What kind of fangirl activities do you do? Well, I work on this website . . .wait, you know that! I like going to cons – probably just WisCon and Dragon Con this year, but you never know what will come up. I’ve also been involved with some comics podcasts, and more on that front may be developing soon. Other than that, I read, I tweet, I watch DVDs. I don’t think the “fangirl” mentality is limited to tradition “geek” properties, either. I go to a fair number of rock concerts and Shakespeare plays, all of which I approach with similar enthusiasm to geeking out over my favorite comics creator at a con.
So you’re a fangirl of comic books and Shakespeare — is there a connection? Do comic-geeks, theatre-geeks, and music-geeks all accept you as one of their own or do they “not get it”? Oh, not everybody is going to “get” everything. There’s plenty of stuff my friends like that I don’t get. But most of the enthusiasts I spend time with know what it is to be a fan of something, even if my thing isn’t their thing. That’s not to say that I lead every conversation about King Lear with, “This is just like that scene in The Dark Phoenix Saga,” but it’s not like anybody I know would be surprised if I did.
What’s your favorite Shakespeare play? Would it make a good comic? King Lear, in fact! That actually has been adapted into comics a few times recently and. . .the result wasn’t for me, really. I’m sure it could be done, and beautifully, but that play is so much about stumbling around an empty stage and wailing out your pain as much as possible, I don’t know how you adapt it to the page without losing a lot. That’s okay; sometimes a play just wants to be a play. There are some lovely uses of Shakespeare in comics, though. Midsummer Night’s Dream and The Tempest both show up in Neil Gaiman’s Sandman, and since they’re about myth-making as much as they’re about drama, it works really well.
I think you might be able to make King Lear into a role-playing game, though. See what choices you can make that don’t result in the “rocks fall, everybody dies” ending. Just a thought.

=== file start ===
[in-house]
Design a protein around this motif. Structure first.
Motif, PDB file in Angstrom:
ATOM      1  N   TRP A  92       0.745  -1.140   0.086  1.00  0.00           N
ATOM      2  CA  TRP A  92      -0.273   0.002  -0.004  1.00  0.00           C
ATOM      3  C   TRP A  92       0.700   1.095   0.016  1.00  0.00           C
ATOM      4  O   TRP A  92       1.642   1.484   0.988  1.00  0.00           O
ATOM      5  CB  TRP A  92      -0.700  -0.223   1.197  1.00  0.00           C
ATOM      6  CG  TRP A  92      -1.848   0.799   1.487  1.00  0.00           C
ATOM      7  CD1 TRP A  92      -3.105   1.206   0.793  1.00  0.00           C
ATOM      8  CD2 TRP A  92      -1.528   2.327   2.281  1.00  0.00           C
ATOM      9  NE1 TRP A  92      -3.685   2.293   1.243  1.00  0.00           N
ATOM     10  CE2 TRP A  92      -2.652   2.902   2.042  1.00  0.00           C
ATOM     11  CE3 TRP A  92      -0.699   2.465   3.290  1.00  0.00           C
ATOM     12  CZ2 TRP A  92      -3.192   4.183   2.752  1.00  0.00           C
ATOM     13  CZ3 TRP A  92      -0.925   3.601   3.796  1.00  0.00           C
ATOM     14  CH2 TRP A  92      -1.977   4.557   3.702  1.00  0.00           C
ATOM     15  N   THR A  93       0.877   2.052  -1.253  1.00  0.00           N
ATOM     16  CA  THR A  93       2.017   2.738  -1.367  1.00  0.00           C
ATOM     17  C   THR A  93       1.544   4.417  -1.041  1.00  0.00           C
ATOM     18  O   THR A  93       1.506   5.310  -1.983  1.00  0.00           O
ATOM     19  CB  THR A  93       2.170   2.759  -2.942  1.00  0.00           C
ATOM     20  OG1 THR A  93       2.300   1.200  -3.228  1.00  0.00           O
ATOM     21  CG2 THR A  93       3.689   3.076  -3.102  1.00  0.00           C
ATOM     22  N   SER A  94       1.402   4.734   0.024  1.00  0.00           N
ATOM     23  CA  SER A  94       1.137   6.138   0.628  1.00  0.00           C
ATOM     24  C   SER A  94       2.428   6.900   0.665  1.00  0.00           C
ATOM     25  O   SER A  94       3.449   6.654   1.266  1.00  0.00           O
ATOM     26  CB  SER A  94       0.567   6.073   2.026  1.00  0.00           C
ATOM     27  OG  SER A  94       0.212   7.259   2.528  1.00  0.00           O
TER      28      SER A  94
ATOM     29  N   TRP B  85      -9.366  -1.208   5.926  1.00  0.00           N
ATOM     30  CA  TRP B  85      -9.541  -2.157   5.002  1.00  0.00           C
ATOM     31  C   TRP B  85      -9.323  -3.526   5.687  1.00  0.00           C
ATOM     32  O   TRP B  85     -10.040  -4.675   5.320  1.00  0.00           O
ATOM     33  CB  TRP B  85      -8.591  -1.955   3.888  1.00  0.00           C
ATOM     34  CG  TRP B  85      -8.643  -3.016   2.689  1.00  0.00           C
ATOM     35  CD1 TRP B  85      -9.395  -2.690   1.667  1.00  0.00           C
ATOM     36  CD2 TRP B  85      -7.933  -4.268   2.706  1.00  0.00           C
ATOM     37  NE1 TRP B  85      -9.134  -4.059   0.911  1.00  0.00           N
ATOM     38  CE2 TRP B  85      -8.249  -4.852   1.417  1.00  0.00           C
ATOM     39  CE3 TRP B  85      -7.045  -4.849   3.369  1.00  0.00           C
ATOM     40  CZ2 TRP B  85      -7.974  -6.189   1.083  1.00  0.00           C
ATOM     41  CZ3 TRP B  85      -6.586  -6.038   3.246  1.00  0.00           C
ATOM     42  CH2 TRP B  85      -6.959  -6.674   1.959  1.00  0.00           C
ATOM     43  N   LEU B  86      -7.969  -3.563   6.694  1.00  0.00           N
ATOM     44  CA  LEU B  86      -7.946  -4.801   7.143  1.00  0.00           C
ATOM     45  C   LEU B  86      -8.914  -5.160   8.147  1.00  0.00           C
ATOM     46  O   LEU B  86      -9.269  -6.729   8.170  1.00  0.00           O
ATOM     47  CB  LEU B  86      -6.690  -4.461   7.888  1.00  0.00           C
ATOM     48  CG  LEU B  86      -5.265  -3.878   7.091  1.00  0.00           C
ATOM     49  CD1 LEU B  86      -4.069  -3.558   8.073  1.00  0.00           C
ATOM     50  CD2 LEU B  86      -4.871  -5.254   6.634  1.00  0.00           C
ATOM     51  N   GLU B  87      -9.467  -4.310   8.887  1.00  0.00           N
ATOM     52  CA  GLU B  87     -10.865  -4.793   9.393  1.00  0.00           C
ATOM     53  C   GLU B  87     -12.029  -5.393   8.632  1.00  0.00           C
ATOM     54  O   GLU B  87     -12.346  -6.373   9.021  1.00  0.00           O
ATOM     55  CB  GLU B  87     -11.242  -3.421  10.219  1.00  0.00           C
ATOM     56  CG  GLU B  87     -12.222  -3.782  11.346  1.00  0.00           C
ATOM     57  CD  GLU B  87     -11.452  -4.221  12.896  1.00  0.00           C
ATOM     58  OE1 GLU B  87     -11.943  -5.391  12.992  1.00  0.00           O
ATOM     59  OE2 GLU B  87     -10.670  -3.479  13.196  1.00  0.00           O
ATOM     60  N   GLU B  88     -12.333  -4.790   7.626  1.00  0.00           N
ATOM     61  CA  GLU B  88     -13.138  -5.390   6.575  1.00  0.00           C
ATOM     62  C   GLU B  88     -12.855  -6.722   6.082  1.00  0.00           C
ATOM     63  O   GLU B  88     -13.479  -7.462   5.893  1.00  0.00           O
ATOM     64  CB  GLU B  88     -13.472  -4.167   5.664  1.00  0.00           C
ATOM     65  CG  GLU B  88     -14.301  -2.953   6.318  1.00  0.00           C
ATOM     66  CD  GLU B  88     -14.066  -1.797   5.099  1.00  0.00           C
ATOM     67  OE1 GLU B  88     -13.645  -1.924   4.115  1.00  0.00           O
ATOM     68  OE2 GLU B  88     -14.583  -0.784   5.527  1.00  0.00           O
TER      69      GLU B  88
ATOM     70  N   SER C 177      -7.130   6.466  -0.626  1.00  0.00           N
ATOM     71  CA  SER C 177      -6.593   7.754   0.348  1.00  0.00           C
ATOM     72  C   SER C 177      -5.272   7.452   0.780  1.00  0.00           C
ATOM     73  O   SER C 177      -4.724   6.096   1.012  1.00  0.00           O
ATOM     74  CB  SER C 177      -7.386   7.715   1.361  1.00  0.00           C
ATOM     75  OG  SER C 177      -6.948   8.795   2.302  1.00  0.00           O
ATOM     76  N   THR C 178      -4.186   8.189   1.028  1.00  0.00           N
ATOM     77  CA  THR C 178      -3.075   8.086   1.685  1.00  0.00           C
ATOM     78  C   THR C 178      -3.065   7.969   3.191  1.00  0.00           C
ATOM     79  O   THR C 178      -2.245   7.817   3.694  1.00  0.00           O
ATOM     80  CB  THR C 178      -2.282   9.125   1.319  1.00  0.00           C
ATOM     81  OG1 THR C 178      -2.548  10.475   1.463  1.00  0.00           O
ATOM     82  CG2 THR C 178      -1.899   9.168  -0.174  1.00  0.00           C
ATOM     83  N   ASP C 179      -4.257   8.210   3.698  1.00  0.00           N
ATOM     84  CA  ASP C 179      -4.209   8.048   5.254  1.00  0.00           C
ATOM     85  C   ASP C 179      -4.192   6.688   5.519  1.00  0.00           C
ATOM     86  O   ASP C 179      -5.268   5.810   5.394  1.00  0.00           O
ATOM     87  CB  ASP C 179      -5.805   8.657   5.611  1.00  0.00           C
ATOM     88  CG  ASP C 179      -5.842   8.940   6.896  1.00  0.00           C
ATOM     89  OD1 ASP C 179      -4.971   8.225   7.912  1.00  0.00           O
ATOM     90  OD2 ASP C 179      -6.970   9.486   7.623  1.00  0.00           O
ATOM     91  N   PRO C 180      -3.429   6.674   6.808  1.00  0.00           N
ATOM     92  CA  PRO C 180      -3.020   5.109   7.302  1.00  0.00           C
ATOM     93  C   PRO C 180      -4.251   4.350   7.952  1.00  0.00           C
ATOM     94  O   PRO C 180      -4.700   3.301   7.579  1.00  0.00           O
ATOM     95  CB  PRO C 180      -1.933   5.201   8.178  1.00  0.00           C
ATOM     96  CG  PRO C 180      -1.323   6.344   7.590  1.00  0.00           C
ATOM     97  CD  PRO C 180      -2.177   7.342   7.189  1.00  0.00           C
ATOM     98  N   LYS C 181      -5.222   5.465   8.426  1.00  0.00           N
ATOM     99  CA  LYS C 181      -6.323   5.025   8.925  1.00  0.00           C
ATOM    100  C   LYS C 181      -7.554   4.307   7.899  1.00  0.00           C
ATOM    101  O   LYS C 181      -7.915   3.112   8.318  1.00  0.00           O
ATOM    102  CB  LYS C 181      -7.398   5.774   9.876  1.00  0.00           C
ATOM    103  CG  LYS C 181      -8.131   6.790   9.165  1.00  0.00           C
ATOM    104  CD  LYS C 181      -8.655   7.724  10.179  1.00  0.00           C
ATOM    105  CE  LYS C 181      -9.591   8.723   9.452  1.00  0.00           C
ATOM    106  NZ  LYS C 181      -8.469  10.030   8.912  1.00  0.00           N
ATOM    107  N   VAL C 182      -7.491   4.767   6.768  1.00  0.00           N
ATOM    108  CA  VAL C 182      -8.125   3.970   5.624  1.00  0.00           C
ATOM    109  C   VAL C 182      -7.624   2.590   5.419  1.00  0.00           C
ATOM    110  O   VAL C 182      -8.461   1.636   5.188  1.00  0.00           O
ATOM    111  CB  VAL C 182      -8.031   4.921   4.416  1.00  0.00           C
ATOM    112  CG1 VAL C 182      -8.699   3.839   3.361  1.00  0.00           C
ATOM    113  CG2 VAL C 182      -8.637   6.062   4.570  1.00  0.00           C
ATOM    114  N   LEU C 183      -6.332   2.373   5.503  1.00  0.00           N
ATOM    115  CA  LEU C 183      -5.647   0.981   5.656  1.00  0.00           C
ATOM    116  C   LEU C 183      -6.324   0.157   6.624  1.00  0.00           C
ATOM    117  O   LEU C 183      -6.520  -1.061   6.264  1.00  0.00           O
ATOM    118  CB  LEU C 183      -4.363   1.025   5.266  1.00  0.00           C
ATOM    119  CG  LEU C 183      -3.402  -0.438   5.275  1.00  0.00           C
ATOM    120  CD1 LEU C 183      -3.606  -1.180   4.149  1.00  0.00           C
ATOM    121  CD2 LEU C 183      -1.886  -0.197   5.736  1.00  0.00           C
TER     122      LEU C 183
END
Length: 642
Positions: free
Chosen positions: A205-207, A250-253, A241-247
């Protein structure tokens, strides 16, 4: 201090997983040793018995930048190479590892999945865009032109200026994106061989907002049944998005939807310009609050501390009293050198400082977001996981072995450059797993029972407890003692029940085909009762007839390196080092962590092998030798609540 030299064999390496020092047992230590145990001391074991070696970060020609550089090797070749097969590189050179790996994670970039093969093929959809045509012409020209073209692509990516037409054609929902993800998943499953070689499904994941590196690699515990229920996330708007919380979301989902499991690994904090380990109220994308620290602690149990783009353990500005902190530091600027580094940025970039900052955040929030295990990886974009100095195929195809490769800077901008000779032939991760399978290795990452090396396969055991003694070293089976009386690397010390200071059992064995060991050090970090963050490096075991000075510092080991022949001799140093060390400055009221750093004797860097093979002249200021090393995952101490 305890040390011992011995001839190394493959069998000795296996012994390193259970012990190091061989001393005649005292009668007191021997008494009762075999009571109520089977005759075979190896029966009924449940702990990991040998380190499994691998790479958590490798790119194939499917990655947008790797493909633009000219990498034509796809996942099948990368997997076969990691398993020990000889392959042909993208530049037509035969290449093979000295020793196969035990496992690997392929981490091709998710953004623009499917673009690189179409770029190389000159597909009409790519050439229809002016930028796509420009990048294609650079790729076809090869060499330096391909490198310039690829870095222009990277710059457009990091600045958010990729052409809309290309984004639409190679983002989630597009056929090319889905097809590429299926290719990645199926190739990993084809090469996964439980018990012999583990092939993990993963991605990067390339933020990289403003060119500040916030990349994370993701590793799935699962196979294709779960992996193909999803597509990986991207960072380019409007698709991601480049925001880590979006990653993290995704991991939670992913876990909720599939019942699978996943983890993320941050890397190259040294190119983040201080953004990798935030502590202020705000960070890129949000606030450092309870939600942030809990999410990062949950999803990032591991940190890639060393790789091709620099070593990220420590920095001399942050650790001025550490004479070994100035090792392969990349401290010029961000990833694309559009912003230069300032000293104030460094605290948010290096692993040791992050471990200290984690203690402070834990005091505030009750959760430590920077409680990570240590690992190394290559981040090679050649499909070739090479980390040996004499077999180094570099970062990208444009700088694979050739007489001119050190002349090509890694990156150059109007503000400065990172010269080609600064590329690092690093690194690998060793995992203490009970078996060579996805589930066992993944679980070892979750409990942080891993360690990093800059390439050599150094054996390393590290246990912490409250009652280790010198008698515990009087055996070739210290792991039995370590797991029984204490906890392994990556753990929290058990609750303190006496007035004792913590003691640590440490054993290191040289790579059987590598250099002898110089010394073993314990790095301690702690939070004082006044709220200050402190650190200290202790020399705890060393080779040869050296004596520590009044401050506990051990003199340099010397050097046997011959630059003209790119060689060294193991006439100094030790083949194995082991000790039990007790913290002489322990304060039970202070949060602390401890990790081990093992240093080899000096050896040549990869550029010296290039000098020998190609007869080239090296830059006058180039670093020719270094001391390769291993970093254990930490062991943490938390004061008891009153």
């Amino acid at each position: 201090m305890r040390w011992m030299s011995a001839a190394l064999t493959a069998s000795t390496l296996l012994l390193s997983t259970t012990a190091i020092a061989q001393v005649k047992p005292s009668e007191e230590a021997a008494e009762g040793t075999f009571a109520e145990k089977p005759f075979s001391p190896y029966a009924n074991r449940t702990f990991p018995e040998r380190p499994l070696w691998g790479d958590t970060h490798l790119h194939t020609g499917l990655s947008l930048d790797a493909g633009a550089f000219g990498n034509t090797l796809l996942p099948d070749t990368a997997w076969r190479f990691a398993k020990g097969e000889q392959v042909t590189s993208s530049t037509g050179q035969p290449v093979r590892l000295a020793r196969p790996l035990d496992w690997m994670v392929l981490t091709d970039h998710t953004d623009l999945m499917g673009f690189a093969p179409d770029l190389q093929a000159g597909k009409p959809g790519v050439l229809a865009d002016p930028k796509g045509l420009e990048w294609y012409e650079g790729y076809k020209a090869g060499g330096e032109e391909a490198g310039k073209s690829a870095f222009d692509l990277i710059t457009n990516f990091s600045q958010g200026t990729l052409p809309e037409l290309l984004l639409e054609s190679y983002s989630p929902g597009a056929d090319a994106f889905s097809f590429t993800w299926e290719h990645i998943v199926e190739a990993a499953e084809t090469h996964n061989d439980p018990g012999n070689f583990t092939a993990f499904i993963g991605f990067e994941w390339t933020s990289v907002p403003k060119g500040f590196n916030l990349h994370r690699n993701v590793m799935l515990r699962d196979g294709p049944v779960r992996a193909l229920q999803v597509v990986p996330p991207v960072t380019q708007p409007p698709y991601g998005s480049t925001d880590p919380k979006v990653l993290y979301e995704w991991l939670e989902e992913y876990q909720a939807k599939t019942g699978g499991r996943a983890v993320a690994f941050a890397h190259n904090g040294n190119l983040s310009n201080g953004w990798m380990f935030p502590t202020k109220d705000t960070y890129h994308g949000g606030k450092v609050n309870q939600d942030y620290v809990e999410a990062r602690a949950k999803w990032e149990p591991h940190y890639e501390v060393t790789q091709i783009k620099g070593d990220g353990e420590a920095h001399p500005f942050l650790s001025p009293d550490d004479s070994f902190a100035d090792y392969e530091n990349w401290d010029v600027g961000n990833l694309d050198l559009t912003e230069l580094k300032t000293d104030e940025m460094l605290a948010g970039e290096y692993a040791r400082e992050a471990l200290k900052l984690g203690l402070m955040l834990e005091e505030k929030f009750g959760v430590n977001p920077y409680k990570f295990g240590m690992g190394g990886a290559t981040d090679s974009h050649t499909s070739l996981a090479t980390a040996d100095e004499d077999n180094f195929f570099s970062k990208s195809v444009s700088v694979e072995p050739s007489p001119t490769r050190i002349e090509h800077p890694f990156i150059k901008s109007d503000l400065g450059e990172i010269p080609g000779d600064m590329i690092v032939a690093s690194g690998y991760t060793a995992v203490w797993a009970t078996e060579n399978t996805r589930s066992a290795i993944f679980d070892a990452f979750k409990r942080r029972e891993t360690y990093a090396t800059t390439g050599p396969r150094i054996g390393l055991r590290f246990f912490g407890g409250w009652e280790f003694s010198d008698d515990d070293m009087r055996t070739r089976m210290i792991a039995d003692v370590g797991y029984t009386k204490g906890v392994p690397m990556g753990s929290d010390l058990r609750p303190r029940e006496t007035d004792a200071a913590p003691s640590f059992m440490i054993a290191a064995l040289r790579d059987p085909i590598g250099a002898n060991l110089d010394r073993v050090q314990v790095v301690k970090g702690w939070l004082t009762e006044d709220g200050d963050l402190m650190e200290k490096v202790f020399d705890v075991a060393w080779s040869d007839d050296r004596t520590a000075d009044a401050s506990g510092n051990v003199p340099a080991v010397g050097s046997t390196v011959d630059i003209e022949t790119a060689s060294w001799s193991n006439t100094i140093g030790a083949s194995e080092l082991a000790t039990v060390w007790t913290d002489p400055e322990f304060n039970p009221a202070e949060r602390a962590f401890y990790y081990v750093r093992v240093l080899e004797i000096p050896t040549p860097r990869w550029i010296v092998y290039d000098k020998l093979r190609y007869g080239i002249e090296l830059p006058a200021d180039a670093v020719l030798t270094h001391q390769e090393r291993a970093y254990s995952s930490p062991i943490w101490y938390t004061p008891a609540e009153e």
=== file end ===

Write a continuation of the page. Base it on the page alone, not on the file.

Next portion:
Led Zeppelin wrote songs about The Lord of the Rings and U2 (Bono and the Edge) wrote the songs for the Spider-Man musical. Is there a collaboration between a musician and a geek property you want to happen? You know, every time I read Ed Brubaker and Sean Phillips’ book Criminal I think, “This could be a Drive-By Truckers song.” And when I listen to a lot of the Truckers’ story songs — “Decoration Day,” for example, which is about the survivor of a family feud who’s torn between taking revenge for a father he hated and just letting the damn thing go — I think, “This could be a great crime comic.” So there ought to be some kind of musical-visual collaboration. They already have some great design elements with their album art by Wes Freed.
Maybe an anthology tied in with an album, like the Tori Amos Comic Book Tattoo collection. Granted, this might have an audience of me and 5 people I know, but you’d think that about a lot of things I like that somehow exist.
Alternatively, Jason Aaron should write a comic about that time in the seventies that Wolverine hung out with Bruce Springsteen and the E Street Band. You know it happened.
What’s your favorite thing about comics? Why do you read them? I like fictional people who do brave and improbable things, who value their friendships and who try hard but really screw up sometimes. I like real people who are creative and enthusiastic about sharing their creative passions. Comic book characters give me the first; comic book fans and creators give me the second. What’s not to love about that?
Thanks for the chat, Caroline. Please get on that King Lear RPG, okay?
Posted by Anika